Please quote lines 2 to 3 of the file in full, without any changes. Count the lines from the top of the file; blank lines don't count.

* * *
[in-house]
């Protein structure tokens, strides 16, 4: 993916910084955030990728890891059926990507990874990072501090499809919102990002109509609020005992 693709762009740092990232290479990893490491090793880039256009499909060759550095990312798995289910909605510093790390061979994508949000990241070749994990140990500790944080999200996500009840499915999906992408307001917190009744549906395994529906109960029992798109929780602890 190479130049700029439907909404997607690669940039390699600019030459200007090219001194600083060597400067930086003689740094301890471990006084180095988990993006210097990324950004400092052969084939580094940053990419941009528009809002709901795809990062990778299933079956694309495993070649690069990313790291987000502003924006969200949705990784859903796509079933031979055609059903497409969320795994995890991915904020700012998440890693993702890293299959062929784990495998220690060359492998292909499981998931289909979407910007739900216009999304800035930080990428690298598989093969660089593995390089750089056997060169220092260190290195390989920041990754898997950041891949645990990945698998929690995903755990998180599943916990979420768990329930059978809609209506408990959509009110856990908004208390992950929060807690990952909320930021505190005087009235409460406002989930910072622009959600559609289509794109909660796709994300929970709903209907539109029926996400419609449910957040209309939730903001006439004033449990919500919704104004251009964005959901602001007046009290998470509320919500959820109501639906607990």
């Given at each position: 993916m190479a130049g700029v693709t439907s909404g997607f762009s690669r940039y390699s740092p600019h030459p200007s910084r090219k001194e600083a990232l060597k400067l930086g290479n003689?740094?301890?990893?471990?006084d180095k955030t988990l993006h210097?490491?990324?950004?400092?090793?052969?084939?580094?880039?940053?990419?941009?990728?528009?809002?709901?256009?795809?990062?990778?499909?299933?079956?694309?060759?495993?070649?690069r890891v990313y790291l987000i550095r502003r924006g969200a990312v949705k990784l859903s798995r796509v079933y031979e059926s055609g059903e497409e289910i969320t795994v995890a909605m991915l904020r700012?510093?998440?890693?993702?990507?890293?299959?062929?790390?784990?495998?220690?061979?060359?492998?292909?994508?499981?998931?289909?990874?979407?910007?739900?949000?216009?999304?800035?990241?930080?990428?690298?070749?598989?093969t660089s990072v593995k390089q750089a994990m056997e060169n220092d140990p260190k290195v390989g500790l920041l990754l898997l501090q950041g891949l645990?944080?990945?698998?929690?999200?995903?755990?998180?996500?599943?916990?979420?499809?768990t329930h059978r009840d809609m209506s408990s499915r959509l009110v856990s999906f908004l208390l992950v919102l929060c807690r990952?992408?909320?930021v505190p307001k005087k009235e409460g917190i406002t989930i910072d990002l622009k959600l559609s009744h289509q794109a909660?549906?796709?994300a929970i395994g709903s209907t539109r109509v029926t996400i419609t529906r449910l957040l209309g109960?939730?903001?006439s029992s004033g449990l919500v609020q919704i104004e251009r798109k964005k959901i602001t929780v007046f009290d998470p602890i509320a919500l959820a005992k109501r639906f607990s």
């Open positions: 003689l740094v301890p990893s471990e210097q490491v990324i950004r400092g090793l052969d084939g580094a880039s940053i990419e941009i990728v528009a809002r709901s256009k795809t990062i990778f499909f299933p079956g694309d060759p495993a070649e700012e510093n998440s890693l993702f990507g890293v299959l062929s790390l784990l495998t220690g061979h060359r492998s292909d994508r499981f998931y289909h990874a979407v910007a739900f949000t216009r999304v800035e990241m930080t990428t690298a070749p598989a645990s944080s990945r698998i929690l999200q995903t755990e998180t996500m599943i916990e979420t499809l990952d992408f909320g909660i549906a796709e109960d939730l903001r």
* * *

């Protein structure tokens, strides 16, 4: 993916910084955030990728890891059926990507990874990072501090499809919102990002109509609020005992 693709762009740092990232290479990893490491090793880039256009499909060759550095990312798995289910909605510093790390061979994508949000990241070749994990140990500790944080999200996500009840499915999906992408307001917190009744549906395994529906109960029992798109929780602890 190479130049700029439907909404997607690669940039390699600019030459200007090219001194600083060597400067930086003689740094301890471990006084180095988990993006210097990324950004400092052969084939580094940053990419941009528009809002709901795809990062990778299933079956694309495993070649690069990313790291987000502003924006969200949705990784859903796509079933031979055609059903497409969320795994995890991915904020700012998440890693993702890293299959062929784990495998220690060359492998292909499981998931289909979407910007739900216009999304800035930080990428690298598989093969660089593995390089750089056997060169220092260190290195390989920041990754898997950041891949645990990945698998929690995903755990998180599943916990979420768990329930059978809609209506408990959509009110856990908004208390992950929060807690990952909320930021505190005087009235409460406002989930910072622009959600559609289509794109909660796709994300929970709903209907539109029926996400419609449910957040209309939730903001006439004033449990919500919704104004251009964005959901602001007046009290998470509320919500959820109501639906607990």
């Given at each position: 993916m190479a130049g700029v693709t439907s909404g997607f762009s690669r940039y390699s740092p600019h030459p200007s910084r090219k001194e600083a990232l060597k400067l930086g290479n003689?740094?301890?990893?471990?006084d180095k955030t988990l993006h210097?490491?990324?950004?400092?090793?052969?084939?580094?880039?940053?990419?941009?990728?528009?809002?709901?256009?795809?990062?990778?499909?299933?079956?694309?060759?495993?070649?690069r890891v990313y790291l987000i550095r502003r924006g969200a990312v949705k990784l859903s798995r796509v079933y031979e059926s055609g059903e497409e289910i969320t795994v995890a909605m991915l904020r700012?510093?998440?890693?993702?990507?890293?299959?062929?790390?784990?495998?220690?061979?060359?492998?292909?994508?499981?998931?289909?990874?979407?910007?739900?949000?216009?999304?800035?990241?930080?990428?690298?070749?598989?093969t660089s990072v593995k390089q750089a994990m056997e060169n220092d140990p260190k290195v390989g500790l920041l990754l898997l501090q950041g891949l645990?944080?990945?698998?929690?999200?995903?755990?998180?996500?599943?916990?979420?499809?768990t329930h059978r009840d809609m209506s408990s499915r959509l009110v856990s999906f908004l208390l992950v919102l929060c807690r990952?992408?909320?930021v505190p307001k005087k009235e409460g917190i406002t989930i910072d990002l622009k959600l559609s009744h289509q794109a909660?549906?796709?994300a929970i395994g709903s209907t539109r109509v029926t996400i419609t529906r449910l957040l209309g109960?939730?903001?006439s029992s004033g449990l919500v609020q919704i104004e251009r798109k964005k959901i602001t929780v007046f009290d998470p602890i509320a919500l959820a005992k109501r639906f607990s």